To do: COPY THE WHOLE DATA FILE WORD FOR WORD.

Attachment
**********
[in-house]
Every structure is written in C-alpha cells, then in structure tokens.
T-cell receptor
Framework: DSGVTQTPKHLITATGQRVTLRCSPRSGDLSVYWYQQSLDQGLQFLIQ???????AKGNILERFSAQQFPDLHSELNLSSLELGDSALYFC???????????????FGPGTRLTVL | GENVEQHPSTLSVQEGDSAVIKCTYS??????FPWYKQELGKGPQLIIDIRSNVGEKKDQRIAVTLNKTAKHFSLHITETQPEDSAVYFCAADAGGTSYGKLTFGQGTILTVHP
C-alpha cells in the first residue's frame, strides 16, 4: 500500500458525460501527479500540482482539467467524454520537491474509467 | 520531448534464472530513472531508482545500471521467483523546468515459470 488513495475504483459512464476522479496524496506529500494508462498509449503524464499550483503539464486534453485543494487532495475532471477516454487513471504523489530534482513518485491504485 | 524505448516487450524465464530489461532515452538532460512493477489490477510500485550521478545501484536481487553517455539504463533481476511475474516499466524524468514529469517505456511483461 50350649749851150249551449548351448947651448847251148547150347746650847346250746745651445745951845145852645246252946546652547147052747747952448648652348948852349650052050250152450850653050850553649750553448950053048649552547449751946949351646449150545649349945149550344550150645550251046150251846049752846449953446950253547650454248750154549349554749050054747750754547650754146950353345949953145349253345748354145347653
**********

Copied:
[in-house]
Every structure is written in C-alpha cells, then in structure tokens.
T-cell receptor
Framework: DSGVTQTPKHLITATGQRVTLRCSPRSGDLSVYWYQQSLDQGLQFLIQ???????AKGNILERFSAQQFPDLHSELNLSSLELGDSALYFC???????????????FGPGTRLTVL | GENVEQHPSTLSVQEGDSAVIKCTYS??????FPWYKQELGKGPQLIIDIRSNVGEKKDQRIAVTLNKTAKHFSLHITETQPEDSAVYFCAADAGGTSYGKLTFGQGTILTVHP
C-alpha cells in the first residue's frame, strides 16, 4: 500500500458525460501527479500540482482539467467524454520537491474509467 | 520531448534464472530513472531508482545500471521467483523546468515459470 488513495475504483459512464476522479496524496506529500494508462498509449503524464499550483503539464486534453485543494487532495475532471477516454487513471504523489530534482513518485491504485 | 524505448516487450524465464530489461532515452538532460512493477489490477510500485550521478545501484536481487553517455539504463533481476511475474516499466524524468514529469517505456511483461 50350649749851150249551449548351448947651448847251148547150347746650847346250746745651445745951845145852645246252946546652547147052747747952448648652348948852349650052050250152450850653050850553649750553448950053048649552547449751946949351646449150545649349945149550344550150645550251046150251846049752846449953446950253547650454248750154549349554749050054747750754547650754146950353345949953145349253345748354145347653